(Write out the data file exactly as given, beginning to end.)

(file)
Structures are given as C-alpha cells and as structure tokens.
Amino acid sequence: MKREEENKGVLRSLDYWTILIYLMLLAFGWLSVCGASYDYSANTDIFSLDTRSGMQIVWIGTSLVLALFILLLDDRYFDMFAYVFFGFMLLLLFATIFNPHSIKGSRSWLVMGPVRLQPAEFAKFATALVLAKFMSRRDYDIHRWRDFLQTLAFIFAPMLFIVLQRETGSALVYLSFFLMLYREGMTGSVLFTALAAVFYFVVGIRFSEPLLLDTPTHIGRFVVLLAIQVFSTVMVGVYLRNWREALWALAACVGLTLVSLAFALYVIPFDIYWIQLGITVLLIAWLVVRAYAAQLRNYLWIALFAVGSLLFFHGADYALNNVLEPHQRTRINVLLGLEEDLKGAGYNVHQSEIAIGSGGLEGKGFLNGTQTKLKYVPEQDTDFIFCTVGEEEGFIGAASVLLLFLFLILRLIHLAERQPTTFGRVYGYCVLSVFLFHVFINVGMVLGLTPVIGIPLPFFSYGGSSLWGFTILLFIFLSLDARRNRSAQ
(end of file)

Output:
Structures are given as C-alpha cells and as structure tokens.
Amino acid sequence: MKREEENKGVLRSLDYWTILIYLMLLAFGWLSVCGASYDYSANTDIFSLDTRSGMQIVWIGTSLVLALFILLLDDRYFDMFAYVFFGFMLLLLFATIFNPHSIKGSRSWLVMGPVRLQPAEFAKFATALVLAKFMSRRDYDIHRWRDFLQTLAFIFAPMLFIVLQRETGSALVYLSFFLMLYREGMTGSVLFTALAAVFYFVVGIRFSEPLLLDTPTHIGRFVVLLAIQVFSTVMVGVYLRNWREALWALAACVGLTLVSLAFALYVIPFDIYWIQLGITVLLIAWLVVRAYAAQLRNYLWIALFAVGSLLFFHGADYALNNVLEPHQRTRINVLLGLEEDLKGAGYNVHQSEIAIGSGGLEGKGFLNGTQTKLKYVPEQDTDFIFCTVGEEEGFIGAASVLLLFLFLILRLIHLAERQPTTFGRVYGYCVLSVFLFHVFINVGMVLGLTPVIGIPLPFFSYGGSSLWGFTILLFIFLSLDARRNRSAQ